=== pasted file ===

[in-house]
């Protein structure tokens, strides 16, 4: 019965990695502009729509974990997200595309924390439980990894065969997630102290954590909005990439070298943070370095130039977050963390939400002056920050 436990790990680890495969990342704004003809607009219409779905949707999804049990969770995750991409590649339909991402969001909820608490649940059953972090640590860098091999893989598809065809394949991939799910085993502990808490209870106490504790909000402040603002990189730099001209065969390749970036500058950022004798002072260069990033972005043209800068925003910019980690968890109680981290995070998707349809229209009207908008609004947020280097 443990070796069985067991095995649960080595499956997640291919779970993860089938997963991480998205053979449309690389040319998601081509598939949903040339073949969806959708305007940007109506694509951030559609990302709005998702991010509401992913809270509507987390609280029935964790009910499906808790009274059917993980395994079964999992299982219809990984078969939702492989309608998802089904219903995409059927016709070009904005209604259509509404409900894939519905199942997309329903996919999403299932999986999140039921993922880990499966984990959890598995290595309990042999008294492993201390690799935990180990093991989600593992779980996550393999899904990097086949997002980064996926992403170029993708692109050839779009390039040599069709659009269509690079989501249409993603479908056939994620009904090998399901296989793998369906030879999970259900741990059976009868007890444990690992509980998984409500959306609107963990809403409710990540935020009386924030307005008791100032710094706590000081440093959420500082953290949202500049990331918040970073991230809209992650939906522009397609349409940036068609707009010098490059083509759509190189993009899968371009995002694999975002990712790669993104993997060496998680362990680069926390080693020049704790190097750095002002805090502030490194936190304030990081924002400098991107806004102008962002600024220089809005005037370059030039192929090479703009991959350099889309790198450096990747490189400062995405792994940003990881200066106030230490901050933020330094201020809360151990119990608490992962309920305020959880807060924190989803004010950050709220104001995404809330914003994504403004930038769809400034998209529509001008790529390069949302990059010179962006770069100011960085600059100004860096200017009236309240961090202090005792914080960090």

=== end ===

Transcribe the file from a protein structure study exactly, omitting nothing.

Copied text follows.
[in-house]
């Protein structure tokens, strides 16, 4: 019965990695502009729509974990997200595309924390439980990894065969997630102290954590909005990439070298943070370095130039977050963390939400002056920050 436990790990680890495969990342704004003809607009219409779905949707999804049990969770995750991409590649339909991402969001909820608490649940059953972090640590860098091999893989598809065809394949991939799910085993502990808490209870106490504790909000402040603002990189730099001209065969390749970036500058950022004798002072260069990033972005043209800068925003910019980690968890109680981290995070998707349809229209009207908008609004947020280097 443990070796069985067991095995649960080595499956997640291919779970993860089938997963991480998205053979449309690389040319998601081509598939949903040339073949969806959708305007940007109506694509951030559609990302709005998702991010509401992913809270509507987390609280029935964790009910499906808790009274059917993980395994079964999992299982219809990984078969939702492989309608998802089904219903995409059927016709070009904005209604259509509404409900894939519905199942997309329903996919999403299932999986999140039921993922880990499966984990959890598995290595309990042999008294492993201390690799935990180990093991989600593992779980996550393999899904990097086949997002980064996926992403170029993708692109050839779009390039040599069709659009269509690079989501249409993603479908056939994620009904090998399901296989793998369906030879999970259900741990059976009868007890444990690992509980998984409500959306609107963990809403409710990540935020009386924030307005008791100032710094706590000081440093959420500082953290949202500049990331918040970073991230809209992650939906522009397609349409940036068609707009010098490059083509759509190189993009899968371009995002694999975002990712790669993104993997060496998680362990680069926390080693020049704790190097750095002002805090502030490194936190304030990081924002400098991107806004102008962002600024220089809005005037370059030039192929090479703009991959350099889309790198450096990747490189400062995405792994940003990881200066106030230490901050933020330094201020809360151990119990608490992962309920305020959880807060924190989803004010950050709220104001995404809330914003994504403004930038769809400034998209529509001008790529390069949302990059010179962006770069100011960085600059100004860096200017009236309240961090202090005792914080960090």